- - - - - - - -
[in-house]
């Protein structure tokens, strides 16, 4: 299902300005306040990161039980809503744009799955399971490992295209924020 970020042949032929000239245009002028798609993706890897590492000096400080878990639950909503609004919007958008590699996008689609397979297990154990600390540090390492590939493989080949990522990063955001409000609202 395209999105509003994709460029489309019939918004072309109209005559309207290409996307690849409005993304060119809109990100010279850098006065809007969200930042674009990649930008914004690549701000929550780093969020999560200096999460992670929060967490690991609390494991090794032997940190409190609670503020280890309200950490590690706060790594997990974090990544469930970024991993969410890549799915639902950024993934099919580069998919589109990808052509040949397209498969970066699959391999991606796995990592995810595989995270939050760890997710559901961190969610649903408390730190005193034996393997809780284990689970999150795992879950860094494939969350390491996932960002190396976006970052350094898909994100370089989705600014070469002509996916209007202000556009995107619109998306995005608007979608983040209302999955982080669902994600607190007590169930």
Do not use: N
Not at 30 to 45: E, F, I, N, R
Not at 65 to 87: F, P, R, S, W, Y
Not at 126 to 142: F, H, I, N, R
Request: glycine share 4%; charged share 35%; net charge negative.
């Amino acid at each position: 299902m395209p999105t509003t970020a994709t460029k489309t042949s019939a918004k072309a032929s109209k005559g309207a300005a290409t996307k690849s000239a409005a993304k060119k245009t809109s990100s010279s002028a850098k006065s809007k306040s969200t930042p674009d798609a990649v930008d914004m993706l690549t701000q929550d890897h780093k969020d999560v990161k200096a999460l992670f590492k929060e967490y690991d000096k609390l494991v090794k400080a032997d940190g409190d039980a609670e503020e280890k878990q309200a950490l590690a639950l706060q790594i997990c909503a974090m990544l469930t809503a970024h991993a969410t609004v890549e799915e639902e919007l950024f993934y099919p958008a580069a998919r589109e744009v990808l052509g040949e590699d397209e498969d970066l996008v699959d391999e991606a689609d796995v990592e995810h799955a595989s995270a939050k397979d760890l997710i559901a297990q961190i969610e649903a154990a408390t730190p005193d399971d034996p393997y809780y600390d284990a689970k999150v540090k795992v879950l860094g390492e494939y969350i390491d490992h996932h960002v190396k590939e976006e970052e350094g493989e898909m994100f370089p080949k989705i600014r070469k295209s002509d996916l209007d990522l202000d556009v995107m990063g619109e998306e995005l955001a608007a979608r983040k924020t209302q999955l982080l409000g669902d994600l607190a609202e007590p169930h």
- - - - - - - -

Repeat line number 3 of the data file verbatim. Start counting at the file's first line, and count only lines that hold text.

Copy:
Do not use: N